When Dana-Farber launched its new Center for BRCA and Related Genes in August 2020, it was with patients like Janice Dolnick in mind. Dolnick’s cancer journey had already been a long one before she came to Dana-Farber for a consult in 2018. Over the previous 21 years, she’d been through two rounds of breast cancer treatment and a bilateral mastectomy. She knew that her BRCA1 mutation put her at much greater risk for ovarian cancer, from which her mother and a cousin had died. So she’d also had both of her ovaries removed in a procedure called a bilateral salpingo-oophorectomy.
But in 2018, Dolnick just wasn’t feeling like herself. An ultrasound revealed that she had primary peritoneal cancer, which affects the cells lining the abdominal cavity.
“I was in complete shock,” she says. “I knew I needed to find a place that treats a lot of patients with this kind of cancer. Dana Farber is on the cutting edge of research so I felt that they would know the best course of treatment for someone in my situation.”
‘I knew immediately I was in the right place’
Dolnick felt at ease from her first visit with Panos Konstantinopoulos, MD, PhD, director of translational research in Gynecologic Oncology at Dana-Farber’s Susan F. Smith Center for Women’s Cancers and the director of the Center for BRCA and Related Genes.
“I knew immediately I was in the right place and being treated by the right person,” Dolnick says. “Dr. K gave me the confidence to believe I would be able to celebrate many more milestones with my husband and twin sons, now 27.”
Konstantinopoulos put her on a regimen of intraperitoneal chemotherapy, which delivers chemo directly to the abdomen. It was an aggressive way to treat the cancer, so Dolnick was grateful for the support of her husband, Joe, and sons, Alex and Daniel.
Once Dolnick went into remission after chemotherapy,Konstantinopoulos started her on PARP inhibitors, which prevent the repair of cancer cells in the body and can slow the return or progression of cancer.
“There’s a 70 percent reduction in risk of the disease coming back or dying from the disease,” he says. “That’s a very big improvement for patients with the BRCA mutation.”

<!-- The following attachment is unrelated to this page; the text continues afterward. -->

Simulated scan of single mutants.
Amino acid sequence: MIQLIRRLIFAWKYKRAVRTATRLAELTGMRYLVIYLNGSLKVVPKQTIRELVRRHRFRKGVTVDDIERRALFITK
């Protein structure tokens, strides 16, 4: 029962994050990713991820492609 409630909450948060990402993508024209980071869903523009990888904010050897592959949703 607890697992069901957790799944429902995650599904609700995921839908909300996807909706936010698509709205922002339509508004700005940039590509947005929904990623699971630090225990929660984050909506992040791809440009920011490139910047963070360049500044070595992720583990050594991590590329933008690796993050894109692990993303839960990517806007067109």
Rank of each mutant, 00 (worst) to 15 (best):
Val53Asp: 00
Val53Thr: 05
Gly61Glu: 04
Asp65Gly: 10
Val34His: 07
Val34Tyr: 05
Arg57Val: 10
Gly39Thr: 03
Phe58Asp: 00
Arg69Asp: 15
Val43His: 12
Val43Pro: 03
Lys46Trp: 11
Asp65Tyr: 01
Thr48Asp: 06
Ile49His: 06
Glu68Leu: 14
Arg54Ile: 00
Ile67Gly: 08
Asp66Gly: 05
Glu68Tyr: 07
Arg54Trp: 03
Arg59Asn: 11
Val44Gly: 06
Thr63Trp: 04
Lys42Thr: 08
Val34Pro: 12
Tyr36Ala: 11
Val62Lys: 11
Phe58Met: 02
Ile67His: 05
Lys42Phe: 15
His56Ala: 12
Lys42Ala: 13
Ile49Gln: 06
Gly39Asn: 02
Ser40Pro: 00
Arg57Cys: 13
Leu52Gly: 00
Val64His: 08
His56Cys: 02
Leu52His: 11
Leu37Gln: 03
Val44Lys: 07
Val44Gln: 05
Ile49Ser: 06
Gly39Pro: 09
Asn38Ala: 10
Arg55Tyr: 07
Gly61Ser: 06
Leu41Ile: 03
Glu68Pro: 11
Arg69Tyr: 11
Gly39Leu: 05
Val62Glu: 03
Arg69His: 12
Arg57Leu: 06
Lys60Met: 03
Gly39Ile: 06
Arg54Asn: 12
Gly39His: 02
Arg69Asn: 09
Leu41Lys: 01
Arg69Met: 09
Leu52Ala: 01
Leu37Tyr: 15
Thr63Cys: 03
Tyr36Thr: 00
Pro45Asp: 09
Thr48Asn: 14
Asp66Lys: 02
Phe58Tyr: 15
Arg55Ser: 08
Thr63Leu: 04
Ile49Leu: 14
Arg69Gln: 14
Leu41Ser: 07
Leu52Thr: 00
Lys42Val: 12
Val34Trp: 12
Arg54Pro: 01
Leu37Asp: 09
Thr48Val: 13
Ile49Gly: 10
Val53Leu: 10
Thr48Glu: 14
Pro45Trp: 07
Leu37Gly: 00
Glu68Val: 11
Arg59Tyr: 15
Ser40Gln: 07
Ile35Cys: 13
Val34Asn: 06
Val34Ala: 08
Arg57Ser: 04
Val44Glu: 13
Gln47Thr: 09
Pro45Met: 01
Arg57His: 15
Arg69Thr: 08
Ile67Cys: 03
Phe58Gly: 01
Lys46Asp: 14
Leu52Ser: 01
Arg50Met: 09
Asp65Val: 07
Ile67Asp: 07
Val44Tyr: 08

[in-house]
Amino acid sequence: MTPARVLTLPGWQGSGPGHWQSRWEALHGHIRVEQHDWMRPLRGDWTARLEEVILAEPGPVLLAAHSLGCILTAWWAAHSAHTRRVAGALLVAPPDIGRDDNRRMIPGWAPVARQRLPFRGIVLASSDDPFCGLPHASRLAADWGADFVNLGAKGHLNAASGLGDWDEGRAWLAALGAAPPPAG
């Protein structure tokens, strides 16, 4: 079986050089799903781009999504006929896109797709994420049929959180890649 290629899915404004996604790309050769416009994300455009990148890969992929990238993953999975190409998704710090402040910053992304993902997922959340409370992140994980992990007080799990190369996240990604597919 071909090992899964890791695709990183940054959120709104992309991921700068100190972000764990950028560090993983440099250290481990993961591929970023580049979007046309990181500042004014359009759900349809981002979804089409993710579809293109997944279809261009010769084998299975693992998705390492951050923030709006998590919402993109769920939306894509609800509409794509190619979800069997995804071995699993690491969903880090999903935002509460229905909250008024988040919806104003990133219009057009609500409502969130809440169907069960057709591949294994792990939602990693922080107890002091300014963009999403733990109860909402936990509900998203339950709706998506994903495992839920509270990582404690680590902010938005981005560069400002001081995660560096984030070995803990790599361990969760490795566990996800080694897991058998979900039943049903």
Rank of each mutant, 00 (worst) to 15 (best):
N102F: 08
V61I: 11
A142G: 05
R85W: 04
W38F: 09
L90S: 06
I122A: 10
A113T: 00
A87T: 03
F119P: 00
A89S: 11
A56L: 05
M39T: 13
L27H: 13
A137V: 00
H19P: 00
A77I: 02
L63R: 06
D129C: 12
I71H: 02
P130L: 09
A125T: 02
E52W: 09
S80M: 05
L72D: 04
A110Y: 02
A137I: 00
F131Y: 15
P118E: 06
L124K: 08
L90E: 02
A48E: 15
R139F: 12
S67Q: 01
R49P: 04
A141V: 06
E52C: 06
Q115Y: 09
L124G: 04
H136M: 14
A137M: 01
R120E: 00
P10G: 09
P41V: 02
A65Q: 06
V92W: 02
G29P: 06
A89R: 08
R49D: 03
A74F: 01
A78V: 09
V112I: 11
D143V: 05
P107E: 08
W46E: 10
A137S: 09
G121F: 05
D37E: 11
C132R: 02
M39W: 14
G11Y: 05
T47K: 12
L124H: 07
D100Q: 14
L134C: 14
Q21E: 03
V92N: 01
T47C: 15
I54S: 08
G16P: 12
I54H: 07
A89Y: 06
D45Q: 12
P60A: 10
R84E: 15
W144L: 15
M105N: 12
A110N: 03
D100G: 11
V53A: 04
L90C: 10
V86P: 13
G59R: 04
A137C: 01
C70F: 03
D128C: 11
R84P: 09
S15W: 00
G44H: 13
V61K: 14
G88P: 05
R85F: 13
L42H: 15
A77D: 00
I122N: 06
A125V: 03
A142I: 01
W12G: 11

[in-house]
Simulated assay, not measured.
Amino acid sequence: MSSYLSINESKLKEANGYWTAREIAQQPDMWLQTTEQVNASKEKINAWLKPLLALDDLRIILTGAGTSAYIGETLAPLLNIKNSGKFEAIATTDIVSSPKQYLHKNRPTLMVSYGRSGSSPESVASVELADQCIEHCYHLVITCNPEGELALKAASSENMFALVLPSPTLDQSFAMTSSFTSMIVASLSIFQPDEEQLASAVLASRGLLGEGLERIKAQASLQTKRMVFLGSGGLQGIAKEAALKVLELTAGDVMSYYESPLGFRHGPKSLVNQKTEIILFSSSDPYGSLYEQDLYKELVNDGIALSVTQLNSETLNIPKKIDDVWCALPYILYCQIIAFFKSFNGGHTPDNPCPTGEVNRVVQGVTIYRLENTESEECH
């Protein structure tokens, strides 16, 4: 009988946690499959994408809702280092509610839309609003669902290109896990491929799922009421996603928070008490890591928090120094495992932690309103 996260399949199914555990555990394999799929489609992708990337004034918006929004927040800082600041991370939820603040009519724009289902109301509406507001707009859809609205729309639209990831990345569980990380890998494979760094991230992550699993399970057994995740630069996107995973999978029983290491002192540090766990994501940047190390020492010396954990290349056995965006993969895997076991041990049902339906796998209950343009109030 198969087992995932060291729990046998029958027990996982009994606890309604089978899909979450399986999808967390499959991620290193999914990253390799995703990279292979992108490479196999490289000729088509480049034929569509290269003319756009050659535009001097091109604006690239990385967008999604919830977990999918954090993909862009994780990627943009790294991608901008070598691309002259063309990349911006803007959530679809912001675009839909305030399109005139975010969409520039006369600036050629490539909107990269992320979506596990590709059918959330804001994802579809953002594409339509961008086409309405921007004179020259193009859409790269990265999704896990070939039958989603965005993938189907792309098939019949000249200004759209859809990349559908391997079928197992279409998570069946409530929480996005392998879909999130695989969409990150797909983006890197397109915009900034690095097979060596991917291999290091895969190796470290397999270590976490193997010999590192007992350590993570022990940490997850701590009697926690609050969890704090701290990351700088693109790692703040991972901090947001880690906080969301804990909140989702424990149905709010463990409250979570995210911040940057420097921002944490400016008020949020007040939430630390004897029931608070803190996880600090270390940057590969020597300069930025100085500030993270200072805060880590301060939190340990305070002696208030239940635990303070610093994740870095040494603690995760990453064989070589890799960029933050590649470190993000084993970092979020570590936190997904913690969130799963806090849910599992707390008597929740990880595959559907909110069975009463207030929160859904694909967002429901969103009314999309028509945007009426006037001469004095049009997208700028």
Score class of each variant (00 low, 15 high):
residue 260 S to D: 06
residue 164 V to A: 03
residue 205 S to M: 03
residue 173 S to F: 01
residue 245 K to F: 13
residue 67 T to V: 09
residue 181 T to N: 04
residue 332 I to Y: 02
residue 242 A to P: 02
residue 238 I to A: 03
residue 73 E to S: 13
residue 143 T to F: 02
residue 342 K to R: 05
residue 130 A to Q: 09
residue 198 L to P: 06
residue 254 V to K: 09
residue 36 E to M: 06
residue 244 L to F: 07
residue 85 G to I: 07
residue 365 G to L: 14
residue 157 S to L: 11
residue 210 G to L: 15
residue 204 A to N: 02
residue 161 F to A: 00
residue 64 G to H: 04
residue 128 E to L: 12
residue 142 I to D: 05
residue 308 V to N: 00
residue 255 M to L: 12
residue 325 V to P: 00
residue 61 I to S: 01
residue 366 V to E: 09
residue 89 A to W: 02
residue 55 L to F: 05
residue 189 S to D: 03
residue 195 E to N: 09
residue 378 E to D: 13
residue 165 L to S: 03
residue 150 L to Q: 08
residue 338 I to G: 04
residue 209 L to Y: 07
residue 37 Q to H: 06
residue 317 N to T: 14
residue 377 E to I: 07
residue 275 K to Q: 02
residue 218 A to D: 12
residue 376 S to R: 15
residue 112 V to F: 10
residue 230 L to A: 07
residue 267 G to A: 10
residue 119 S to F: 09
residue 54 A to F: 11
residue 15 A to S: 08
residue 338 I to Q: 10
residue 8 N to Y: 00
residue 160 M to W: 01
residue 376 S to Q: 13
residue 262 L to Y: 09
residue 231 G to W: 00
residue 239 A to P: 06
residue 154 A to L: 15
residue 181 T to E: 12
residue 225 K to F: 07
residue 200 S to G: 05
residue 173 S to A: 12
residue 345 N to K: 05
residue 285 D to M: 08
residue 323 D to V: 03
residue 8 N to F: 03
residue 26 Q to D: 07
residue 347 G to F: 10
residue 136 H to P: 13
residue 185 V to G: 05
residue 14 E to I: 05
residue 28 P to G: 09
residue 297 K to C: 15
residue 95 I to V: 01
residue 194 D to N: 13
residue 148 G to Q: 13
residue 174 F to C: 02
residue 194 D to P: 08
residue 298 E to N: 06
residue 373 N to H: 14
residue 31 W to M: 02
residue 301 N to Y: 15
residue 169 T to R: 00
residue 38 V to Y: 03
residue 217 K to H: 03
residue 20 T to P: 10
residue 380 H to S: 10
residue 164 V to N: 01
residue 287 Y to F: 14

Dolnick suffered a rare side effect called pneumonitis on one PARP inhibitor, so she switched to another one called niraparib, which had just been approved by the U.S. Food and Drug Administration. She was among the first patients to receive it.
‘I’ve hit the point where I don’t think about the cancer all the time’
Three years later, Dolnick has completed her treatment with the PARP inhibitor and remains cancer-free. She is back to her active life style including exercise, biking and traveling, volunteers at the Isabella Stewart Gardner Museum, and uses her marketing and consulting skills to help nonprofits through Empower Success Corps.
“She has done amazingly well,”Konstantinopoulos says.
Dolnick feels fortunate to have celebrated 32 years of marriage, see one son get married and another obtain his dream job. She and her husband recently moved to Back Bay to be able to take greater advantage of all that the city has to offer.
“I’ve hit the point where I don’t think about the cancer all the time,” she says. “That’s because Dr. Konstantinopoulos has made me realize there is a growing toolbox of different treatments that is always evolving. He always says if it comes back, we’ll just try something new.”
That’s the philosophy behind the Center for BRCA and Related Genes, which is dedicated to the care for, prevention of, and research into BRCA-related cancers. Teams of specialists at the Center work closely together to offer patients the latest therapies and clinical services. They place high priority on providing access to innovative clinical trials and novel therapies, with a particular focus on overcoming developed resistance to chemotherapy, targeted agents and DNA repair inhibitors — such as the PARP inhibitors that have proven so successful for Dolnick.
“I want people to have a sense of optimism, that they can go through this and lead very full lives and have a lot to look forward to,” Dolnick says. “There are more treatments and more ways to prevent the disease being developed every day, thanks to places like Dana-Farber.”